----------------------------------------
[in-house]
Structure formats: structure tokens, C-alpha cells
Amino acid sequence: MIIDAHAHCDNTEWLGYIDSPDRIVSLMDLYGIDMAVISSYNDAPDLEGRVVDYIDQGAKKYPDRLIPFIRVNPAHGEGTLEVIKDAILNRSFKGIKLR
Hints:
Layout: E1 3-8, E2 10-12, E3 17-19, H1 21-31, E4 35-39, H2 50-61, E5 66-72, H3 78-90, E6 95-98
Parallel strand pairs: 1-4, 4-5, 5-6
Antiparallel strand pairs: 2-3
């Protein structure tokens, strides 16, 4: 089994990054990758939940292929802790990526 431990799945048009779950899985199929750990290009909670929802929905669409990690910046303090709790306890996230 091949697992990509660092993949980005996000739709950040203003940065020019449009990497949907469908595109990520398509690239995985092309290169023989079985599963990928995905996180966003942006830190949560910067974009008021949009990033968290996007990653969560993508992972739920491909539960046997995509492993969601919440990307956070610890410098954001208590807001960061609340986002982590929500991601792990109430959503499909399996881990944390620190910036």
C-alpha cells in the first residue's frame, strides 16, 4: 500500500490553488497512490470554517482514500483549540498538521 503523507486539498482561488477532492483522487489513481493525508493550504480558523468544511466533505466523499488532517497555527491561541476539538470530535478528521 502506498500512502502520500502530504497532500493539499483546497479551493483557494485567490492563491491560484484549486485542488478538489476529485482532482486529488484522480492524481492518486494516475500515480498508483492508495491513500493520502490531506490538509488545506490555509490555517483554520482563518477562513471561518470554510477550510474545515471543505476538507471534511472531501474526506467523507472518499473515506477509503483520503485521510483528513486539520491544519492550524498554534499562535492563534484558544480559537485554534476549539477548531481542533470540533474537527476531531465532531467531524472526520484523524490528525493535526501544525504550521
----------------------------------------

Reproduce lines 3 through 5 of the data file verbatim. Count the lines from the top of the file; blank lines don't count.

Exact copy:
Amino acid sequence: MIIDAHAHCDNTEWLGYIDSPDRIVSLMDLYGIDMAVISSYNDAPDLEGRVVDYIDQGAKKYPDRLIPFIRVNPAHGEGTLEVIKDAILNRSFKGIKLR
Hints:
Layout: E1 3-8, E2 10-12, E3 17-19, H1 21-31, E4 35-39, H2 50-61, E5 66-72, H3 78-90, E6 95-98